Sharad Yadav, who is the other powerhouse in Mr Kumar's party, the Janata Dal (United) today, reiterated that its alliance with the BJP "is based on secular credentials and secularism", flagging yet again that Mr Modi is unacceptable for the country's top job.
Mr Kumar runs the government in Bihar in partnership with the BJP, and his party is a senior member of the BJP-led coalition, the National Democratic Alliance (NDA).
Their relationship faces a sheer drop as Mr Modi, the chief minister of Gujarat, emerges as the strongest contender within the BJP as its presumptive prime minister.
However, sources in the BJP say they are not in a hurry to announce the PM candidate. It will be decided by parliamentary board at an appropriate time, sources added.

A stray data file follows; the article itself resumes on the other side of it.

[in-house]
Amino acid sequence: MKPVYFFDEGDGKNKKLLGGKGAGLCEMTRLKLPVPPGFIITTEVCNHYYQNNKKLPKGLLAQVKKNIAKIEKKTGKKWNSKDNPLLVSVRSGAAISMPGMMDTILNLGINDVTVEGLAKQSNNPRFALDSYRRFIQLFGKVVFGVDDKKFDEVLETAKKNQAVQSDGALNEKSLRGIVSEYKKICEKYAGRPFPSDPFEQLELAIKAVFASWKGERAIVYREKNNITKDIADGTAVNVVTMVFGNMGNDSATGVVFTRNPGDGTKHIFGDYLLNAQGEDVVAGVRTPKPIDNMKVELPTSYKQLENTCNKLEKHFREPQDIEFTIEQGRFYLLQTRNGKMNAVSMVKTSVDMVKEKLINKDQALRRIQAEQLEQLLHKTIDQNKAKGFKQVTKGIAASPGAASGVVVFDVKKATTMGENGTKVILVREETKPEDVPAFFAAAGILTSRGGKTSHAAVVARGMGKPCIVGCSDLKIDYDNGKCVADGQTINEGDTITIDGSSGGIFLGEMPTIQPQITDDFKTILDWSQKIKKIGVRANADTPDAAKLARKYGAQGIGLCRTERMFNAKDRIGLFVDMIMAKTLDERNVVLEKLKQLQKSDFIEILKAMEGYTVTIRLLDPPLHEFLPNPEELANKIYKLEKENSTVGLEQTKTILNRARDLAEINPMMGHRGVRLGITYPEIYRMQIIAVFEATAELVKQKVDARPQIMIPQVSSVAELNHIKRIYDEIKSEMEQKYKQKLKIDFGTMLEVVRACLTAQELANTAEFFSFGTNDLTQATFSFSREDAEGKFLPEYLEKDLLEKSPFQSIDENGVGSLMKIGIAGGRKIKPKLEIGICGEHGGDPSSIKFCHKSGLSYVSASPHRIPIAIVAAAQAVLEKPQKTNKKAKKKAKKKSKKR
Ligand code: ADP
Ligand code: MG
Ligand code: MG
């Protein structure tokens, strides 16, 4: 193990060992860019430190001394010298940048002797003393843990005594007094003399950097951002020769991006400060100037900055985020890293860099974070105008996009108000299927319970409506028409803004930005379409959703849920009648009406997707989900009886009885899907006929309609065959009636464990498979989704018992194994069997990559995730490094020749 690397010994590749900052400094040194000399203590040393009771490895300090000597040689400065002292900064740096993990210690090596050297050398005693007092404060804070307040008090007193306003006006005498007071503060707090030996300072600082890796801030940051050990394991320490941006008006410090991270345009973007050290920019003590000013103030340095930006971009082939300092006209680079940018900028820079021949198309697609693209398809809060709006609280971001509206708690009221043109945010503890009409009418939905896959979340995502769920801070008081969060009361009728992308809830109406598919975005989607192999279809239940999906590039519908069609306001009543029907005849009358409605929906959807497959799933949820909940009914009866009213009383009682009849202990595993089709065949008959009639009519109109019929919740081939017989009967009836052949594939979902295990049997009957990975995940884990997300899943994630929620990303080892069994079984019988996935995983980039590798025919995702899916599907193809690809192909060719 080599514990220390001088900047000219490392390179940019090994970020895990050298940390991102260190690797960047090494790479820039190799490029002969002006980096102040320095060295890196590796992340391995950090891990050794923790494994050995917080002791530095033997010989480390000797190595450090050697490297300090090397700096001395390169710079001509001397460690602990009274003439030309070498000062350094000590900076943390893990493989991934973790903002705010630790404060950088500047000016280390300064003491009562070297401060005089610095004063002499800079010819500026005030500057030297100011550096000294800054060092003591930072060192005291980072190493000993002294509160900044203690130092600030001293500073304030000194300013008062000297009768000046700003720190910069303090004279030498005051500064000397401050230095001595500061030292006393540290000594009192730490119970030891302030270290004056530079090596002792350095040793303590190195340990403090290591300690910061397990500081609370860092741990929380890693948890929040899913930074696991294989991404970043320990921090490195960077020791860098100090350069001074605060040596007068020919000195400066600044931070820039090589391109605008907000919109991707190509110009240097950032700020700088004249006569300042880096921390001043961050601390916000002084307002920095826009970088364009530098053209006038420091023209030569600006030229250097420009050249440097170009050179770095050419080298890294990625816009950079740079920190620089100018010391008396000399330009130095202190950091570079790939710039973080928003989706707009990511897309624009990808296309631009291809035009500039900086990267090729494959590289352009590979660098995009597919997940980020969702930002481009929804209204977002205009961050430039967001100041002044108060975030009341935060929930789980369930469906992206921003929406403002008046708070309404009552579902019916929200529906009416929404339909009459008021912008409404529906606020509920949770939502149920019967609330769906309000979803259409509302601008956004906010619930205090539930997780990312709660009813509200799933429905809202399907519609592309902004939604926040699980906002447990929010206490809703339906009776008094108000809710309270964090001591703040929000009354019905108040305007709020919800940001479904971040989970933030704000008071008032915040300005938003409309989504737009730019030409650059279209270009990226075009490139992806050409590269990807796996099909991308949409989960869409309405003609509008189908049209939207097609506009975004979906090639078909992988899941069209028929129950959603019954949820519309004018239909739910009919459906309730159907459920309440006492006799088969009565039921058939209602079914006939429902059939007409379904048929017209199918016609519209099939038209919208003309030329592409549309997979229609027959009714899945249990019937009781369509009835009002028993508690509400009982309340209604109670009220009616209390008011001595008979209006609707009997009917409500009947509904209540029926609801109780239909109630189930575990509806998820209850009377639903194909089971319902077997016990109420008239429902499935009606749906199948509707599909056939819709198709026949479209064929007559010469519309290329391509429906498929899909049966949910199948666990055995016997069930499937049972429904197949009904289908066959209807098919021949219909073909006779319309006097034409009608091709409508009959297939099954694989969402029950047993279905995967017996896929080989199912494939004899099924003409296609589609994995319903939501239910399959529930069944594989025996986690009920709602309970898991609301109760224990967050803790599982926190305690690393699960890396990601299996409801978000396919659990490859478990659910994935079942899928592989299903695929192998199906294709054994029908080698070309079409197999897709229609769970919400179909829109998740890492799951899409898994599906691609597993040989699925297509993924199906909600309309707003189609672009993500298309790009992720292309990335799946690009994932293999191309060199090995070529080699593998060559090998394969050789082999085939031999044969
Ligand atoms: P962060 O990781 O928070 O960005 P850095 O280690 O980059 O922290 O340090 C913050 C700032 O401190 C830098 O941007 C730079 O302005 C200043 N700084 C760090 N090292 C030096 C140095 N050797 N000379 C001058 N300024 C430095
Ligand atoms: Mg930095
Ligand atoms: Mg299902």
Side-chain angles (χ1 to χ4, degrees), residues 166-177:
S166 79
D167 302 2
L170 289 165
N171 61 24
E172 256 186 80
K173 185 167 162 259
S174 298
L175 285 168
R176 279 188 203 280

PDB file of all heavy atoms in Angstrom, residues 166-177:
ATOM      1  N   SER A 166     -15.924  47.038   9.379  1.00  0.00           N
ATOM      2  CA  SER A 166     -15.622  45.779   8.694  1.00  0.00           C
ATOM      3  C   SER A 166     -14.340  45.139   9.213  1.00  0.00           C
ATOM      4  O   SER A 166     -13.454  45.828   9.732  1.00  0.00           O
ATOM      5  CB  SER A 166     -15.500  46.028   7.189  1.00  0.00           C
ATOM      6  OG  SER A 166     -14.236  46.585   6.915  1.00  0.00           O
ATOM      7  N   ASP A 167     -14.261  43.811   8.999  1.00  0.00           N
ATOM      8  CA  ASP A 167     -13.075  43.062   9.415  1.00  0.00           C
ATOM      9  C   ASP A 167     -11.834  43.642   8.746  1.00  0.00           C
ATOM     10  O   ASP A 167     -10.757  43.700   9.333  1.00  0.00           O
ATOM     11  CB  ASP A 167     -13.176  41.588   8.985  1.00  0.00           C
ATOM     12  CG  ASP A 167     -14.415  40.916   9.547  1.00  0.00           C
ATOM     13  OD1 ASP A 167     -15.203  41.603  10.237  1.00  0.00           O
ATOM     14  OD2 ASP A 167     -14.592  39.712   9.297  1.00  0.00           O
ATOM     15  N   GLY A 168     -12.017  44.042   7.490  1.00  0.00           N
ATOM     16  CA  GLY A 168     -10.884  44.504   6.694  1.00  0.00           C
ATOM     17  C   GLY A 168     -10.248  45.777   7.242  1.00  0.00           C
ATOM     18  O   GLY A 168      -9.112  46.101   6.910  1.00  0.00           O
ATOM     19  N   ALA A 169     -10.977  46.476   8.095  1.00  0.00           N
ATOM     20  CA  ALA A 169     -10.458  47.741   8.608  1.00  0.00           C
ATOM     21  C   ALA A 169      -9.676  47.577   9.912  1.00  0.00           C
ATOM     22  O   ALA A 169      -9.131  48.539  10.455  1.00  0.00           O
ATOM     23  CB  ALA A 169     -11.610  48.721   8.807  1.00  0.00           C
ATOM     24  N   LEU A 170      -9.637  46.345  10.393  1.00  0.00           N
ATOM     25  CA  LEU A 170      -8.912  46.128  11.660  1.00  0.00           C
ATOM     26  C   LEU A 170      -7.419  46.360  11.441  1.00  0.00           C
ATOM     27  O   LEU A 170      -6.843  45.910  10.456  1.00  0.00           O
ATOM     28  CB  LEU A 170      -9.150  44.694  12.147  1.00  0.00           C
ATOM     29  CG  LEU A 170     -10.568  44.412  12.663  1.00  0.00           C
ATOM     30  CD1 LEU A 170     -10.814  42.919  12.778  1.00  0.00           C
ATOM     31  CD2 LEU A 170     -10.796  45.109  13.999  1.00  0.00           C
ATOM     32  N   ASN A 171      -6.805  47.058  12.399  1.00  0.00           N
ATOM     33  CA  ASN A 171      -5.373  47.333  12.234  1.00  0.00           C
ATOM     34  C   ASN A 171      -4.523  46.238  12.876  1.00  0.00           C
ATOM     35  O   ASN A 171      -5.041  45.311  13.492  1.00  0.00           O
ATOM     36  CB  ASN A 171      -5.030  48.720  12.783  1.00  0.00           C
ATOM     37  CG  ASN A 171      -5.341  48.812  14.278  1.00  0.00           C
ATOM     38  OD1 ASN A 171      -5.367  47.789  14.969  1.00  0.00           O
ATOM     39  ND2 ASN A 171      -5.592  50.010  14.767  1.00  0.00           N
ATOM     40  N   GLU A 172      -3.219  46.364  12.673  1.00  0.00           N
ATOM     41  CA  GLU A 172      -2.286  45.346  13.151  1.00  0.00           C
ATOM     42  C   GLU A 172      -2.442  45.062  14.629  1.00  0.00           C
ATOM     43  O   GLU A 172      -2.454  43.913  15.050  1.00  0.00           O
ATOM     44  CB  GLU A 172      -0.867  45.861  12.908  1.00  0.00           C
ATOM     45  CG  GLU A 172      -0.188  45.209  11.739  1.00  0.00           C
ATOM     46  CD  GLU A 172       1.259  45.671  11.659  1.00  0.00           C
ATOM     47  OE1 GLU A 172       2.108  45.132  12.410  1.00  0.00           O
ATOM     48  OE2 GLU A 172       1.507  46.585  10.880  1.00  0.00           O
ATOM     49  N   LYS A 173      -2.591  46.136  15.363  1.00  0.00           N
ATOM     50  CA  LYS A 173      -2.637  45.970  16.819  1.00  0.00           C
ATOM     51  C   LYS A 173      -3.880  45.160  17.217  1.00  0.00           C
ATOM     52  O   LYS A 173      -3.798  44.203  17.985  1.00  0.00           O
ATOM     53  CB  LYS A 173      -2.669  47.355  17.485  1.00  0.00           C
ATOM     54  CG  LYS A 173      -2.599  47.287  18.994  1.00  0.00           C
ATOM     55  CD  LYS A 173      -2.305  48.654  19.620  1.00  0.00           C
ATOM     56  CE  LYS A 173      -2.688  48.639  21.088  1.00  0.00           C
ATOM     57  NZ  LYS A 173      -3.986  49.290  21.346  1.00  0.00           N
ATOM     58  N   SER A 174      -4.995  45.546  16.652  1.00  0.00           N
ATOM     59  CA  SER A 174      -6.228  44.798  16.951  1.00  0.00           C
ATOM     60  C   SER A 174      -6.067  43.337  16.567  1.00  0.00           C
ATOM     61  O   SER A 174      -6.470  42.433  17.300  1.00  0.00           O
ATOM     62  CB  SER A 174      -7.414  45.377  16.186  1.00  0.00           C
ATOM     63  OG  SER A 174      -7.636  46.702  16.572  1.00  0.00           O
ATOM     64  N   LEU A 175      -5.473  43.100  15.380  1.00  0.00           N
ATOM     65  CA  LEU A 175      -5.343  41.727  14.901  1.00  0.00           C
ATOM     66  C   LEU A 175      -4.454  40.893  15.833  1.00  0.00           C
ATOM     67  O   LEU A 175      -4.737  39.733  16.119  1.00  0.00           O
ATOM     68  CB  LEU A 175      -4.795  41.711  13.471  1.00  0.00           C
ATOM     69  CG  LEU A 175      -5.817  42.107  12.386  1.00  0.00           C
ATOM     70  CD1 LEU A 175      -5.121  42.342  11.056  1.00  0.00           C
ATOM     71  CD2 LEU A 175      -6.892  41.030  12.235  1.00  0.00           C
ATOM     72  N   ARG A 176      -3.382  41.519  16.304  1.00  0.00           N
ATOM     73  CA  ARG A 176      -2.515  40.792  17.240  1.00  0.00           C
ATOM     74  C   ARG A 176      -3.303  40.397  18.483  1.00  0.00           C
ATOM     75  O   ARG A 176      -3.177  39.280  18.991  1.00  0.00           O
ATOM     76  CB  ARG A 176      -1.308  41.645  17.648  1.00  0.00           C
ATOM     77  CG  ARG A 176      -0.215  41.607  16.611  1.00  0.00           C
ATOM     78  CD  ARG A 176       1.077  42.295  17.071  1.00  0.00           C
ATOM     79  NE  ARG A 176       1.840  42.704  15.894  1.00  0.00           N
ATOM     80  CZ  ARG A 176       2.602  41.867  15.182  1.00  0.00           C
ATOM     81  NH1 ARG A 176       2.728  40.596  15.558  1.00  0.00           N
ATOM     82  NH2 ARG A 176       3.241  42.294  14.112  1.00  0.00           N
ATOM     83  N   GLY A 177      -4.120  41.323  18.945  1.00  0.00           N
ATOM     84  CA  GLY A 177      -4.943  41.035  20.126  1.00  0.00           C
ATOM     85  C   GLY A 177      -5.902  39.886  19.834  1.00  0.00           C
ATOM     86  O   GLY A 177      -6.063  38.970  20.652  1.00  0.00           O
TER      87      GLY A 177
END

The communal riots of 2002, in which hundreds of Muslims were killed in Gujarat on his watch have led to Mr Modi being treated as political anathema by Mr Kumar, who cannot afford to alienate the 15 per cent Muslim voters in Bihar.
Mr Modi's re-election for a third time in Gujarat in December has forced even his detractors within the BJP to acknowledge his stature as a vote-getter. Recently, in what was seen as a full disclosure of his prime ministerial ambition, he said he has repaid his debt to Gujarat, and now wants to be of service to "the motherland." (NaMo quip on Modi-fication of Bihar doesn't amuse Patna)
Mr Kumar and Sharad Yadav have both denied that the JD(U) may swap the BJP for the Congress as their preferred partner. But in recent weeks, both the BJP and the JD(U) have said that if needed, they will contest the Lok Sabha elections alone, suggesting that their alliance is unlikely to continue.